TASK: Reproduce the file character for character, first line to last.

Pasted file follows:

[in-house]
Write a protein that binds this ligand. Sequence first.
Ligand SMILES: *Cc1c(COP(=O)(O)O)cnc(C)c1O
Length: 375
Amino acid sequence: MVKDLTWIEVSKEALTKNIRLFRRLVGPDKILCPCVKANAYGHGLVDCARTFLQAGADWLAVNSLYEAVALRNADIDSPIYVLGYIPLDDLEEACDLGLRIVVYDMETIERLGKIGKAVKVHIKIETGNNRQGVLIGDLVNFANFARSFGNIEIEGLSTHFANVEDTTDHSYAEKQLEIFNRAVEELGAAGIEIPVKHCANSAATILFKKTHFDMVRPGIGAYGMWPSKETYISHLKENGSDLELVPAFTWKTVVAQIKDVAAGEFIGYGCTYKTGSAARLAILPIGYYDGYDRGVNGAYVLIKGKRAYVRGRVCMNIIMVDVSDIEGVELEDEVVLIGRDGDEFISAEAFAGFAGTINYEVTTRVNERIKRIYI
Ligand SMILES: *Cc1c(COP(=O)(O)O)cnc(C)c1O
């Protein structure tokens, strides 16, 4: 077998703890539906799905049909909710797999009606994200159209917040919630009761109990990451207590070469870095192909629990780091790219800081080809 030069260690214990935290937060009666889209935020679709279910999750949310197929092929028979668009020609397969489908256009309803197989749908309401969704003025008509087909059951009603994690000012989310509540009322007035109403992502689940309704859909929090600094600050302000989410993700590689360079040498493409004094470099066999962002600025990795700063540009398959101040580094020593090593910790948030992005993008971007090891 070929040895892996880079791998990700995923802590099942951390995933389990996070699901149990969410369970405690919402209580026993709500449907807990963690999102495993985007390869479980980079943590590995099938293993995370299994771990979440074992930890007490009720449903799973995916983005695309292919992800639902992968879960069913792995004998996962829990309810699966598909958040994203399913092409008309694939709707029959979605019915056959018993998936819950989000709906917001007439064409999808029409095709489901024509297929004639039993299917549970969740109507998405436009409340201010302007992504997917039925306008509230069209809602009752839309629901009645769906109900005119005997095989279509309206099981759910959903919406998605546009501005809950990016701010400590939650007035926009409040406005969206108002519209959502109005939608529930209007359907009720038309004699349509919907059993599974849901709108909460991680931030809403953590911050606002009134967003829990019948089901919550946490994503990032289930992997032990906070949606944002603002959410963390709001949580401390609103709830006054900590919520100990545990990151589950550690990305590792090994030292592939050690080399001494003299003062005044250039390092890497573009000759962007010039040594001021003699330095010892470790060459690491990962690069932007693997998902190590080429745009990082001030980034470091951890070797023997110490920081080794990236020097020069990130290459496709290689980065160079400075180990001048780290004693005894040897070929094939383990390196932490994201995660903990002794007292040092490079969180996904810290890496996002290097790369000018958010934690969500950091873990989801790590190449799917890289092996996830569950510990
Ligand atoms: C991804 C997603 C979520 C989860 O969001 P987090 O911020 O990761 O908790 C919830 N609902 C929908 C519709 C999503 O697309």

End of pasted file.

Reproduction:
[in-house]
Write a protein that binds this ligand. Sequence first.
Ligand SMILES: *Cc1c(COP(=O)(O)O)cnc(C)c1O
Length: 375
Amino acid sequence: MVKDLTWIEVSKEALTKNIRLFRRLVGPDKILCPCVKANAYGHGLVDCARTFLQAGADWLAVNSLYEAVALRNADIDSPIYVLGYIPLDDLEEACDLGLRIVVYDMETIERLGKIGKAVKVHIKIETGNNRQGVLIGDLVNFANFARSFGNIEIEGLSTHFANVEDTTDHSYAEKQLEIFNRAVEELGAAGIEIPVKHCANSAATILFKKTHFDMVRPGIGAYGMWPSKETYISHLKENGSDLELVPAFTWKTVVAQIKDVAAGEFIGYGCTYKTGSAARLAILPIGYYDGYDRGVNGAYVLIKGKRAYVRGRVCMNIIMVDVSDIEGVELEDEVVLIGRDGDEFISAEAFAGFAGTINYEVTTRVNERIKRIYI
Ligand SMILES: *Cc1c(COP(=O)(O)O)cnc(C)c1O
């Protein structure tokens, strides 16, 4: 077998703890539906799905049909909710797999009606994200159209917040919630009761109990990451207590070469870095192909629990780091790219800081080809 030069260690214990935290937060009666889209935020679709279910999750949310197929092929028979668009020609397969489908256009309803197989749908309401969704003025008509087909059951009603994690000012989310509540009322007035109403992502689940309704859909929090600094600050302000989410993700590689360079040498493409004094470099066999962002600025990795700063540009398959101040580094020593090593910790948030992005993008971007090891 070929040895892996880079791998990700995923802590099942951390995933389990996070699901149990969410369970405690919402209580026993709500449907807990963690999102495993985007390869479980980079943590590995099938293993995370299994771990979440074992930890007490009720449903799973995916983005695309292919992800639902992968879960069913792995004998996962829990309810699966598909958040994203399913092409008309694939709707029959979605019915056959018993998936819950989000709906917001007439064409999808029409095709489901024509297929004639039993299917549970969740109507998405436009409340201010302007992504997917039925306008509230069209809602009752839309629901009645769906109900005119005997095989279509309206099981759910959903919406998605546009501005809950990016701010400590939650007035926009409040406005969206108002519209959502109005939608529930209007359907009720038309004699349509919907059993599974849901709108909460991680931030809403953590911050606002009134967003829990019948089901919550946490994503990032289930992997032990906070949606944002603002959410963390709001949580401390609103709830006054900590919520100990545990990151589950550690990305590792090994030292592939050690080399001494003299003062005044250039390092890497573009000759962007010039040594001021003699330095010892470790060459690491990962690069932007693997998902190590080429745009990082001030980034470091951890070797023997110490920081080794990236020097020069990130290459496709290689980065160079400075180990001048780290004693005894040897070929094939383990390196932490994201995660903990002794007292040092490079969180996904810290890496996002290097790369000018958010934690969500950091873990989801790590190449799917890289092996996830569950510990
Ligand atoms: C991804 C997603 C979520 C989860 O969001 P987090 O911020 O990761 O908790 C919830 N609902 C929908 C519709 C999503 O697309």